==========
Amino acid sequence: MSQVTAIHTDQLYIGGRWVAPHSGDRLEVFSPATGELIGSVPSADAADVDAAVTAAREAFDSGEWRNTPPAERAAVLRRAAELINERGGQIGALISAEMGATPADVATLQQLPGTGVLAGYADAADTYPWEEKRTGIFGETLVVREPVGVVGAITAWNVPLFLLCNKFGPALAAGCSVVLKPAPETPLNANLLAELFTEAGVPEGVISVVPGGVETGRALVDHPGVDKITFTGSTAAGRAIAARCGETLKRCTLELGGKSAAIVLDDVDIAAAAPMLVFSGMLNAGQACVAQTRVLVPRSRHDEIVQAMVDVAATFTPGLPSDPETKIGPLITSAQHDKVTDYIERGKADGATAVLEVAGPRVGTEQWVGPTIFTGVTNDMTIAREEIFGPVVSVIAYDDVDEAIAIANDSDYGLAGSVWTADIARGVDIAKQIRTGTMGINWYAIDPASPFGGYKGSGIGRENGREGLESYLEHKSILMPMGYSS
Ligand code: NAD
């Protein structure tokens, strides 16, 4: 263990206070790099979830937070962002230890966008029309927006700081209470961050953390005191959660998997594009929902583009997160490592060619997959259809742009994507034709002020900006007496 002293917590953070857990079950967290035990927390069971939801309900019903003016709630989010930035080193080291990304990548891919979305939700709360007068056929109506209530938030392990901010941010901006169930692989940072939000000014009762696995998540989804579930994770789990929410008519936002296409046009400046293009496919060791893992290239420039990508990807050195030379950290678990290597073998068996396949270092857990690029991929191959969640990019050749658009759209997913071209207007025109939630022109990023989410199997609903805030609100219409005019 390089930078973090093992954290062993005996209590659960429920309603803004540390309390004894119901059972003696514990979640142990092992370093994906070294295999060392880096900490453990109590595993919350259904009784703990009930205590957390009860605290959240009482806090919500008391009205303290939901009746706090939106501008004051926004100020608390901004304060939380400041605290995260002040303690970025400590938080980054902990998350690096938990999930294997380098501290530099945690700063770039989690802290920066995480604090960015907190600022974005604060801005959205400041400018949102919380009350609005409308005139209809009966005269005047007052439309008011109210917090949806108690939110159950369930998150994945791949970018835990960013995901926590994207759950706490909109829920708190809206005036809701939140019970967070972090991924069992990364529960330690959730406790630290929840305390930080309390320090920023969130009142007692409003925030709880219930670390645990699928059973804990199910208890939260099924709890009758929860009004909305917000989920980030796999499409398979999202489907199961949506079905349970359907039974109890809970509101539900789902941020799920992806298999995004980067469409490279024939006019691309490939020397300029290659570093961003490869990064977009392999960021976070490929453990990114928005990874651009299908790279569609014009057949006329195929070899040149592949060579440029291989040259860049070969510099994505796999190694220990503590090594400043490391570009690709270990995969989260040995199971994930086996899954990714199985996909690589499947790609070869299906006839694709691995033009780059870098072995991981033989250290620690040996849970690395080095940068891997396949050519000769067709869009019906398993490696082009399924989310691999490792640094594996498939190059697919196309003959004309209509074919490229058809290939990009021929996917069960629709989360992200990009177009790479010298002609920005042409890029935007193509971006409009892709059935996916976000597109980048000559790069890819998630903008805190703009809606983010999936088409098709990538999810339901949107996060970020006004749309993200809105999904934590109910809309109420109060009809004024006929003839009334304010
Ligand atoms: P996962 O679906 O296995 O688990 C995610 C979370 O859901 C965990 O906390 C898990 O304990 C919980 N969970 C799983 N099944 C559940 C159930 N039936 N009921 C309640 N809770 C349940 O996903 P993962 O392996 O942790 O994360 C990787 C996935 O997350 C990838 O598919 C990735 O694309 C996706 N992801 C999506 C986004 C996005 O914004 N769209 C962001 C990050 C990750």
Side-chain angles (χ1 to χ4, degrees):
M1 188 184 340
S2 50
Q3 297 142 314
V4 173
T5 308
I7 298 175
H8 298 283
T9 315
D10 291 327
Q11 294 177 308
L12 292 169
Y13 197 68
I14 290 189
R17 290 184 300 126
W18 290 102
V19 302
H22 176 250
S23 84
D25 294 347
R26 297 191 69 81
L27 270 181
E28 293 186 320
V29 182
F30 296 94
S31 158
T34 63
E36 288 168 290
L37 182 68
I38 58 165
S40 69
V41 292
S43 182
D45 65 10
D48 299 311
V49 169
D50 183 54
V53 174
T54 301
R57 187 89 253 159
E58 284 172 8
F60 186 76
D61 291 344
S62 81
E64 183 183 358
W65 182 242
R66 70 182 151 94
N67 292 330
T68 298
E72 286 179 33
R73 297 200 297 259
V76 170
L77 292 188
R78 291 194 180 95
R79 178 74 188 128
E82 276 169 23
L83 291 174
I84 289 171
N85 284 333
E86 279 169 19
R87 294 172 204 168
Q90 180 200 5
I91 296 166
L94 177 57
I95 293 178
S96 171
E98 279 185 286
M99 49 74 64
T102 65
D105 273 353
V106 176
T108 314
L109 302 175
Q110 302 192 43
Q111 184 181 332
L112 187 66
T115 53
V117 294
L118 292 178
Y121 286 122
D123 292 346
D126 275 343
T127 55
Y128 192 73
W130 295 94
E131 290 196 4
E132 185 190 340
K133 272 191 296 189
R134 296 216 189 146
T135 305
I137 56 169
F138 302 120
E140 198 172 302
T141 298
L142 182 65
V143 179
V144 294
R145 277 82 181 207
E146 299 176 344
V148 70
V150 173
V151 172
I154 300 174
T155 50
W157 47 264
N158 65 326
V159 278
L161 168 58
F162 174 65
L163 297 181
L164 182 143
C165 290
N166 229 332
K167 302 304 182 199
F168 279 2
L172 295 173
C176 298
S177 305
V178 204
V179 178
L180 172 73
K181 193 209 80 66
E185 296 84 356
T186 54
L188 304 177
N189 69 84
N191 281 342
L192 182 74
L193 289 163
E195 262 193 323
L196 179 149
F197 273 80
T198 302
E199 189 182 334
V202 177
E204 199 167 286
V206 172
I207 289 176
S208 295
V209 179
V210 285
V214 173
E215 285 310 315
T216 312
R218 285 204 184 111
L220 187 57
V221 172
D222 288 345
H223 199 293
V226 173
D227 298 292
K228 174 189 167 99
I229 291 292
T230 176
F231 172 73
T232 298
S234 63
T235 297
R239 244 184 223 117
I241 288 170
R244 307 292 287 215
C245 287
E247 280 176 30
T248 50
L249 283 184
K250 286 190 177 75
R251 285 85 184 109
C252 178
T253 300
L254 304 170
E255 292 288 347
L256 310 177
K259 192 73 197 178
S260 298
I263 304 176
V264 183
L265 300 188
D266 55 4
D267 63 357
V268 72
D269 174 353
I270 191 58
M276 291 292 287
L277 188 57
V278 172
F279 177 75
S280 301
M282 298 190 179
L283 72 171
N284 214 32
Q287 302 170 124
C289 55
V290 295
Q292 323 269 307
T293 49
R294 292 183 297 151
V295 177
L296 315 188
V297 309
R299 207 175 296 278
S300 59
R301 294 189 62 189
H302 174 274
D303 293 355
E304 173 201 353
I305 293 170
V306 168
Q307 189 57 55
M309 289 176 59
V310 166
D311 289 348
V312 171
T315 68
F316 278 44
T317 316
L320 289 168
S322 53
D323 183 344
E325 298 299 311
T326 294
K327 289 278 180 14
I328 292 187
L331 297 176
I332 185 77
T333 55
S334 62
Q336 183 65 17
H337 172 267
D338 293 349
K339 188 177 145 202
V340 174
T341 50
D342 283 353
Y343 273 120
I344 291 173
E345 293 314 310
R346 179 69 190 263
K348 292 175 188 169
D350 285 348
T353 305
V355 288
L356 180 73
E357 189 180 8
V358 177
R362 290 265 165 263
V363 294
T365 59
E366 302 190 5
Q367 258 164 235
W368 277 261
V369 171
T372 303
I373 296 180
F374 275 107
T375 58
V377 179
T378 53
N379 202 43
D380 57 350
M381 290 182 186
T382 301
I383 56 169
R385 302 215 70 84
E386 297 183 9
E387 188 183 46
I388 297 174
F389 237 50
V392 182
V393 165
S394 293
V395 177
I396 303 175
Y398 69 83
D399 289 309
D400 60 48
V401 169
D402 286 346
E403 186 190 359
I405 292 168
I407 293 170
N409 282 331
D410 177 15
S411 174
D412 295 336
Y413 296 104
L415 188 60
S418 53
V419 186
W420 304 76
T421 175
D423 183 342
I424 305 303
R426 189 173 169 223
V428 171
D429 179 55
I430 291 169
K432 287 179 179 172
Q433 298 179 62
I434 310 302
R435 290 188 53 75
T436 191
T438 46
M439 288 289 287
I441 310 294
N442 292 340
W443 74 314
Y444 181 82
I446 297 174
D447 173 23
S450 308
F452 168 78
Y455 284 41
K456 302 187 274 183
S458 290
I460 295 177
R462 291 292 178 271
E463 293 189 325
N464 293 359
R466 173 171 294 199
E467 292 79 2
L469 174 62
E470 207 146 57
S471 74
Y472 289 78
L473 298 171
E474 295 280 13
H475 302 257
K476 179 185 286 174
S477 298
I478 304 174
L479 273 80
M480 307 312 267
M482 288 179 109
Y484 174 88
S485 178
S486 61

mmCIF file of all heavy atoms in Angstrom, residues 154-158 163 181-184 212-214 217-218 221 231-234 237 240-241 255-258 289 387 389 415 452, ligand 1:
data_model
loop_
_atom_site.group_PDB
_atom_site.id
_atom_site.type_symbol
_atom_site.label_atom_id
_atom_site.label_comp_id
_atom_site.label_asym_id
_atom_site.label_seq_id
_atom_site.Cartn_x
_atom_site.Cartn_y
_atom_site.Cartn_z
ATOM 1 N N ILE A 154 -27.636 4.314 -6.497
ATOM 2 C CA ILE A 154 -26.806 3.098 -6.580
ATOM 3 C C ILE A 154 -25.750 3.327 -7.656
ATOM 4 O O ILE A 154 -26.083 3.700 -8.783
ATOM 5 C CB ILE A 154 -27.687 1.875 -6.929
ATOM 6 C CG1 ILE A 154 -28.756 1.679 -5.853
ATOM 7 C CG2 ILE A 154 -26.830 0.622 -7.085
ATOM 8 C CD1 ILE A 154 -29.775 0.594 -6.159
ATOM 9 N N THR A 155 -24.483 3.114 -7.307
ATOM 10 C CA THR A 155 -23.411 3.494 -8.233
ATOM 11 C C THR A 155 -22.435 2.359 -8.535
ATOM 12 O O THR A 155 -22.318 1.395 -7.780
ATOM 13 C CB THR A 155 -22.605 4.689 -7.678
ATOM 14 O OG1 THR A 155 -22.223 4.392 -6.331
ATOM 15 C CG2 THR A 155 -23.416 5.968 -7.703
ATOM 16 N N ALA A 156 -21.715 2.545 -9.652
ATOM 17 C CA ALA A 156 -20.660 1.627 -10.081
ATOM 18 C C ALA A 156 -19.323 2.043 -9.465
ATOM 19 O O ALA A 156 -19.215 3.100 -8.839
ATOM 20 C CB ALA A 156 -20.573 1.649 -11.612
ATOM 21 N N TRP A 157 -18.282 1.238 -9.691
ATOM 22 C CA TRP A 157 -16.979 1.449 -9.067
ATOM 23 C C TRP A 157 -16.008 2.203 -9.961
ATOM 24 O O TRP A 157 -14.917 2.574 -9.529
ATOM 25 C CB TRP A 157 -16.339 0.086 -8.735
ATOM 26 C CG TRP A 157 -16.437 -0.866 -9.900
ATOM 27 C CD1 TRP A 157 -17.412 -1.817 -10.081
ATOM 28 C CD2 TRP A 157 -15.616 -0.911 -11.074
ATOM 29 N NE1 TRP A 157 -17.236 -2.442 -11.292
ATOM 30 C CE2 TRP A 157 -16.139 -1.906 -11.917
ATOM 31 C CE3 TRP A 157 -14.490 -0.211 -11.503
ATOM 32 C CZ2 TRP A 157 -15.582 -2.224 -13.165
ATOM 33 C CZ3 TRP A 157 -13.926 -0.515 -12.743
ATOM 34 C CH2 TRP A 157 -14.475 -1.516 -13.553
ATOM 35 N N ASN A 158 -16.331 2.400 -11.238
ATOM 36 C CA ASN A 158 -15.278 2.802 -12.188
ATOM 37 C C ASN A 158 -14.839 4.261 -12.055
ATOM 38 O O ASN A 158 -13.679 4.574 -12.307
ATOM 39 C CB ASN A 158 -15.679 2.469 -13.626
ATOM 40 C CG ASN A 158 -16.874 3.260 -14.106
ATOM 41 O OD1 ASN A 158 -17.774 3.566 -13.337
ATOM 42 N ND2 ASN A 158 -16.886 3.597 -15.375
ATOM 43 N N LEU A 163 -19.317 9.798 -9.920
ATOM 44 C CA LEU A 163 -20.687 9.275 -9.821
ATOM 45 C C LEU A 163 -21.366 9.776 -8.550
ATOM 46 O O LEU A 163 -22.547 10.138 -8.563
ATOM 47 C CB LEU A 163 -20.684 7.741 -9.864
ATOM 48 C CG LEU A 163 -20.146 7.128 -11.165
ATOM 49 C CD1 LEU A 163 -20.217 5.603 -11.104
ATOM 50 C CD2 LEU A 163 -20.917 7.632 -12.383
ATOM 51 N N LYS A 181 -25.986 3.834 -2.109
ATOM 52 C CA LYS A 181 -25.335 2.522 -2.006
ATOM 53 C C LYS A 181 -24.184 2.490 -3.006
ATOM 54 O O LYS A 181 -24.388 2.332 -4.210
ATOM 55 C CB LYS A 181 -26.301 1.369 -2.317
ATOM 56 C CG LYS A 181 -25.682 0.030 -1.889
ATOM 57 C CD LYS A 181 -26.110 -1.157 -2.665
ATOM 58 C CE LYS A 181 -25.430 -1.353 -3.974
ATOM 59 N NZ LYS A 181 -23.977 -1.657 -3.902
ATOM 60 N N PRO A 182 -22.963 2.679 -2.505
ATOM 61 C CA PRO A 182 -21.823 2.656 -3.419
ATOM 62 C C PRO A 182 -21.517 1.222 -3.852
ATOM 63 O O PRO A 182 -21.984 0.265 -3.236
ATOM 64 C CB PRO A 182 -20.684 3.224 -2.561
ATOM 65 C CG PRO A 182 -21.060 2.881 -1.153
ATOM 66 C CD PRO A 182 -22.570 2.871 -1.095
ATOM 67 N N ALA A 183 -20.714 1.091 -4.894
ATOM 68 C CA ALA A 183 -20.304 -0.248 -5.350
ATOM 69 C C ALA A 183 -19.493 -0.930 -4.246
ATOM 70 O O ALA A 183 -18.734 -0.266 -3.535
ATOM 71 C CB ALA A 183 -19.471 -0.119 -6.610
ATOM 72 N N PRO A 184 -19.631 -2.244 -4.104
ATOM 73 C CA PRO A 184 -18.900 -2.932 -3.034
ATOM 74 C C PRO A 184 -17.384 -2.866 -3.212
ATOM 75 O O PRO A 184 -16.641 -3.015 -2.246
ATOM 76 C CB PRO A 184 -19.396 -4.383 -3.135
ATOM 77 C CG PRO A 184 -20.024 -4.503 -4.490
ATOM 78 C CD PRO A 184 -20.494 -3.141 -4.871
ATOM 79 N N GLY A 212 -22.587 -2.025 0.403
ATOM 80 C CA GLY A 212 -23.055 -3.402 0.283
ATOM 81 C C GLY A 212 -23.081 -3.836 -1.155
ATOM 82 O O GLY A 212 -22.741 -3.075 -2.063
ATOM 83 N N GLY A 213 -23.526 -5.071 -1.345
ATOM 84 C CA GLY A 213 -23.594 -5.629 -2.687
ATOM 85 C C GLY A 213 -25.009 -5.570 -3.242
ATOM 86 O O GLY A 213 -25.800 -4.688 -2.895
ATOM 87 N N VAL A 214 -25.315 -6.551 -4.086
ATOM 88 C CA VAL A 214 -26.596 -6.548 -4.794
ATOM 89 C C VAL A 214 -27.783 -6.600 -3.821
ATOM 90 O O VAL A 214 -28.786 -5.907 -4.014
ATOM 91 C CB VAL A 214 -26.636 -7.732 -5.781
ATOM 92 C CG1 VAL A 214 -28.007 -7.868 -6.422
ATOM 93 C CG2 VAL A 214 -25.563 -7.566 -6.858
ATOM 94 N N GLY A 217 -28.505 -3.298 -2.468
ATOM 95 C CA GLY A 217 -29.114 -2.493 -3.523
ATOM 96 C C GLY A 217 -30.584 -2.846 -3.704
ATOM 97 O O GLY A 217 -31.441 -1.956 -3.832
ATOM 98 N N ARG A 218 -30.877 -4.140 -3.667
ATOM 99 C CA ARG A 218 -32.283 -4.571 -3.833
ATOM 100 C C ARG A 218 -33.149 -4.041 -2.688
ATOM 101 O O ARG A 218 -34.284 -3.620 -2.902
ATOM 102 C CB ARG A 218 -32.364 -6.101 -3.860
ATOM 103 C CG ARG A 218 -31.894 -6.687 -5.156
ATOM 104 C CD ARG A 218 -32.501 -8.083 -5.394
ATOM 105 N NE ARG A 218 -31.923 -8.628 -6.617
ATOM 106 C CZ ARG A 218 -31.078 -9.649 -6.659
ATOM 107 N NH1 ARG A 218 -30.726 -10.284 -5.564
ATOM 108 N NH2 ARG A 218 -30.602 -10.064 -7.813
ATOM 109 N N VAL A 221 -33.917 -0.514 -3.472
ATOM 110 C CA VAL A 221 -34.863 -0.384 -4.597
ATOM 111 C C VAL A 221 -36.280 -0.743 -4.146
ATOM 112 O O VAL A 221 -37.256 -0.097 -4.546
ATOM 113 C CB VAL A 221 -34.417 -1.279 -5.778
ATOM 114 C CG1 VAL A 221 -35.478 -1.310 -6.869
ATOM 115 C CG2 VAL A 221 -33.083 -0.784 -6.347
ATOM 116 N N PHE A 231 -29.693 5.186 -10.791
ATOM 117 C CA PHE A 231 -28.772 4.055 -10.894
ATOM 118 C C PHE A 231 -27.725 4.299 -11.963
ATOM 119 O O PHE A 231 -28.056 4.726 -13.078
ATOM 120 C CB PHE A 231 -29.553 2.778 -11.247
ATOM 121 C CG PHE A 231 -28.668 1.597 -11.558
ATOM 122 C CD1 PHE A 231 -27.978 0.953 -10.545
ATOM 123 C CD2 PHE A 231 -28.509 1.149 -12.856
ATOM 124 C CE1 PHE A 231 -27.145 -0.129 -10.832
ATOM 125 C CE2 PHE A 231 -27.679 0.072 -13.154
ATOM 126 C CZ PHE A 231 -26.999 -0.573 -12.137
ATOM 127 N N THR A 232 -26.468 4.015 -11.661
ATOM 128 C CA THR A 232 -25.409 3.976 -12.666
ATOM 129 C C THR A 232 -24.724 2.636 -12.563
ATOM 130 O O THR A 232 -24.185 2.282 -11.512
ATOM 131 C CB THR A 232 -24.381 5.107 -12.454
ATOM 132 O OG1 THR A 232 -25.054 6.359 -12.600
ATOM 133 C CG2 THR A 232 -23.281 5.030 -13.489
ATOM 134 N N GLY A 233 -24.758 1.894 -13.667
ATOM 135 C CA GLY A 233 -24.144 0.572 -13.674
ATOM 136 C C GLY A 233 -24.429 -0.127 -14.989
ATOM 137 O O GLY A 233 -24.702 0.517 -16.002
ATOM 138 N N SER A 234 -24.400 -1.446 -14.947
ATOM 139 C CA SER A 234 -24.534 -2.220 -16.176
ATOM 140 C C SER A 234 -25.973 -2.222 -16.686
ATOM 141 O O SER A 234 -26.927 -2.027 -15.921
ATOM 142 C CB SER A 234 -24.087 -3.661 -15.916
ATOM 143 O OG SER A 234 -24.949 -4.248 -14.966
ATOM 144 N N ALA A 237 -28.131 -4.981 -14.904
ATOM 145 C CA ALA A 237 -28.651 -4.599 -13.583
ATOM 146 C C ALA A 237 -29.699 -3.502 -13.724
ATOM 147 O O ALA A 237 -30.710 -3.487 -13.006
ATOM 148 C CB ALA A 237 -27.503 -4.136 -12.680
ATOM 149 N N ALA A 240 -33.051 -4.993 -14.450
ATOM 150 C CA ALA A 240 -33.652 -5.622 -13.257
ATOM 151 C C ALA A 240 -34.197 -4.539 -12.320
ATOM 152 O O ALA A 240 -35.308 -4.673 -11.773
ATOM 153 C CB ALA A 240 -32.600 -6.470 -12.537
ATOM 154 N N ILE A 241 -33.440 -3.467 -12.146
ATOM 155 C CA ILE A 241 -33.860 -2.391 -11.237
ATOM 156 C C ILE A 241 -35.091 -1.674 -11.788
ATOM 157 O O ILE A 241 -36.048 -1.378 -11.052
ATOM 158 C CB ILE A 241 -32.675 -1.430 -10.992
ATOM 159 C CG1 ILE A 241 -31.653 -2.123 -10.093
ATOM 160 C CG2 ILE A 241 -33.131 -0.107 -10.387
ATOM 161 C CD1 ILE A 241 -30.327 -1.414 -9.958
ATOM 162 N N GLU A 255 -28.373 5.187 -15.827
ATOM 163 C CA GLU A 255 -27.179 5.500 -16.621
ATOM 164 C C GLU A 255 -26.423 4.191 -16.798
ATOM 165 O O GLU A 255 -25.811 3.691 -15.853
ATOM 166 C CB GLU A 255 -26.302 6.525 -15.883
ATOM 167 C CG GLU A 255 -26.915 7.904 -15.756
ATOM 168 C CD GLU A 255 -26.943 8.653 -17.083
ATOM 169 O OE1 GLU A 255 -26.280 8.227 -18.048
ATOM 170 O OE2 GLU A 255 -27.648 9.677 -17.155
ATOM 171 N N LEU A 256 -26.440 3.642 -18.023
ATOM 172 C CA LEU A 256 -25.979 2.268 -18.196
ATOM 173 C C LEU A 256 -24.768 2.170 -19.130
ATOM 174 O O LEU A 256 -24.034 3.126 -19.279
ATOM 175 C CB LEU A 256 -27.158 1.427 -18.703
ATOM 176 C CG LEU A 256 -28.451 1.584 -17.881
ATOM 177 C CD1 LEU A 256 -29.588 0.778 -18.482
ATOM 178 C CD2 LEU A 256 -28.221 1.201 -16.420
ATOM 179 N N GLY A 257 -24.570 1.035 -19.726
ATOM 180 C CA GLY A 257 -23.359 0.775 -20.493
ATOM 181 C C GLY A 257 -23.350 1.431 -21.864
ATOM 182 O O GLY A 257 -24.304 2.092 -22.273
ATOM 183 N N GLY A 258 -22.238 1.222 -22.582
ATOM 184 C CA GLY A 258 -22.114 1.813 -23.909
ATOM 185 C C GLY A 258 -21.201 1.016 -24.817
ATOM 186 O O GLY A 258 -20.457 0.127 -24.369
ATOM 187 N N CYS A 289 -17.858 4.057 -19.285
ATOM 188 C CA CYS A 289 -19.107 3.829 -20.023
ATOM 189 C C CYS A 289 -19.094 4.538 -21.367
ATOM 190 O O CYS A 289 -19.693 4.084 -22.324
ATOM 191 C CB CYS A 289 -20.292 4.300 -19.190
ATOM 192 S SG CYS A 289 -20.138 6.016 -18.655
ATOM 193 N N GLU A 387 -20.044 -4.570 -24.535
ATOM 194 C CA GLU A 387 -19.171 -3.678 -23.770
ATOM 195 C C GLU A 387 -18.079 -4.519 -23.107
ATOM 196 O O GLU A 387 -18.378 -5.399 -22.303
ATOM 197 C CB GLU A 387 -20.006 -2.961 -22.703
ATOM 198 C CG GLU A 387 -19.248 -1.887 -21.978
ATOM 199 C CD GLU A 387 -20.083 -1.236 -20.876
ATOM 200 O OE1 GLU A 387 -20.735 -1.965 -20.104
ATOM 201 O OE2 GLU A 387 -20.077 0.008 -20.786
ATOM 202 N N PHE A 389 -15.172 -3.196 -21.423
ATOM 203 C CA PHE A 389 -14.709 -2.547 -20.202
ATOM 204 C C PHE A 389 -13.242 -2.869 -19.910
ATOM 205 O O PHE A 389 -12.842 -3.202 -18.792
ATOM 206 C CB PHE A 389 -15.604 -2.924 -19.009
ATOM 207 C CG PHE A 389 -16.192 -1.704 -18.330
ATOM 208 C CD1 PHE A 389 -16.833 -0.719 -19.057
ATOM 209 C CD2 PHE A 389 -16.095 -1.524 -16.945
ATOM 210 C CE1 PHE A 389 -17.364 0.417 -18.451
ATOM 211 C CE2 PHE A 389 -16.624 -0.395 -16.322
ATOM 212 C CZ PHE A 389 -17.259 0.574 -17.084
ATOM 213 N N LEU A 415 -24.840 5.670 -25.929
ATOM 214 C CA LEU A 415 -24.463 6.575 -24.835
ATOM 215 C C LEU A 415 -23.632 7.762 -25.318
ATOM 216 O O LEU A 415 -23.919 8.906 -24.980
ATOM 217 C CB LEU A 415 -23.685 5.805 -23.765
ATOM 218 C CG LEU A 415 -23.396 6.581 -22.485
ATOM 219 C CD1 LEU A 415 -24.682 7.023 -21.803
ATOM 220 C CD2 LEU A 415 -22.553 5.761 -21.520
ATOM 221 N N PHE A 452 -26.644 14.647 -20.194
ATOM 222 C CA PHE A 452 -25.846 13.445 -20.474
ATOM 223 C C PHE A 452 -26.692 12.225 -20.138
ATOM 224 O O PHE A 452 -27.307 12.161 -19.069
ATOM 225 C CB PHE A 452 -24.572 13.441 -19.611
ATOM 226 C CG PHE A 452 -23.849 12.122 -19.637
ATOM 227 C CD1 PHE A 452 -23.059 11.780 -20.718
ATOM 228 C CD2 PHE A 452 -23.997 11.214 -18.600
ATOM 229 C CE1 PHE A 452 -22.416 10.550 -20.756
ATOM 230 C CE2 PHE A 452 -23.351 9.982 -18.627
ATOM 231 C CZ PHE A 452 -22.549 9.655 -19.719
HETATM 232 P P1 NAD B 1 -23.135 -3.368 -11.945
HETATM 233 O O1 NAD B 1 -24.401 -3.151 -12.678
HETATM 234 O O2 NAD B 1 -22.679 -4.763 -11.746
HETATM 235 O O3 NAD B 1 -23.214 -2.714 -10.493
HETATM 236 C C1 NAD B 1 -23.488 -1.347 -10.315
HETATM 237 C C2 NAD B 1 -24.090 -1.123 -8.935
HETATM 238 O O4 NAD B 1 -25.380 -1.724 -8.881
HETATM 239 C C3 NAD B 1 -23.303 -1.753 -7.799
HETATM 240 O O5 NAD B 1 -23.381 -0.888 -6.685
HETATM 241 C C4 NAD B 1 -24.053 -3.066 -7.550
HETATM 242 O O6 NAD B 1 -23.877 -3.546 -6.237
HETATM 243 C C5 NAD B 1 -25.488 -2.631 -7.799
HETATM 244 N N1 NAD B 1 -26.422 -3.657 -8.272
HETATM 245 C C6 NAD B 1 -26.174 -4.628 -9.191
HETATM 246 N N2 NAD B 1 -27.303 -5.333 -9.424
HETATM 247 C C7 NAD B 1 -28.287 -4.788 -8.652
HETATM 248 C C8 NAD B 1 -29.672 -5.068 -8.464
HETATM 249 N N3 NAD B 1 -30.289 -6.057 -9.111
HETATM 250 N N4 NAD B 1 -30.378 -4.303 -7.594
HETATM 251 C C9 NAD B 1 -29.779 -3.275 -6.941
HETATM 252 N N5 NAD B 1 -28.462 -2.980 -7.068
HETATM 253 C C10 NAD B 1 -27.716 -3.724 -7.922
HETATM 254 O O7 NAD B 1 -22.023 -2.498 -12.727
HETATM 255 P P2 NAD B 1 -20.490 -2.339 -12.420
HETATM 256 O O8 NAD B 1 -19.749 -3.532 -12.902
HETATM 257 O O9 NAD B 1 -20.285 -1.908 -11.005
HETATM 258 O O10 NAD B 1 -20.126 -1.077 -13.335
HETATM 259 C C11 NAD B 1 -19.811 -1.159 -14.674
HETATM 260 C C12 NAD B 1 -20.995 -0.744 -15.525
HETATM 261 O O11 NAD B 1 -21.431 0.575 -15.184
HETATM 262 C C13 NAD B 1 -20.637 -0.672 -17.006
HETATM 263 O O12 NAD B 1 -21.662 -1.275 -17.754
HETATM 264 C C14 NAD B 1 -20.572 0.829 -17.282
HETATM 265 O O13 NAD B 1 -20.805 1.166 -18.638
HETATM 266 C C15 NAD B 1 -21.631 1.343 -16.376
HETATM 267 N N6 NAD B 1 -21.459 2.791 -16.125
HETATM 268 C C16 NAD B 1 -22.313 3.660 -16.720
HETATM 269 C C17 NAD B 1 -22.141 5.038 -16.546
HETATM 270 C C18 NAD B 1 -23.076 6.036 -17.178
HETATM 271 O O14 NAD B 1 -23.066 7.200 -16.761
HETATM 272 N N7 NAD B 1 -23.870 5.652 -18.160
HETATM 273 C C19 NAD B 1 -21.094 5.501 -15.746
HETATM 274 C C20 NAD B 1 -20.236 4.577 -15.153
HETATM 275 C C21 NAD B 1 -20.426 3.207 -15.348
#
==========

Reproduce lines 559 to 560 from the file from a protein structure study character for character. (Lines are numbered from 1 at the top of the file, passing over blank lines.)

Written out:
ATOM 206 C CB PHE A 389 -15.604 -2.924 -19.009
ATOM 207 C CG PHE A 389 -16.192 -1.704 -18.330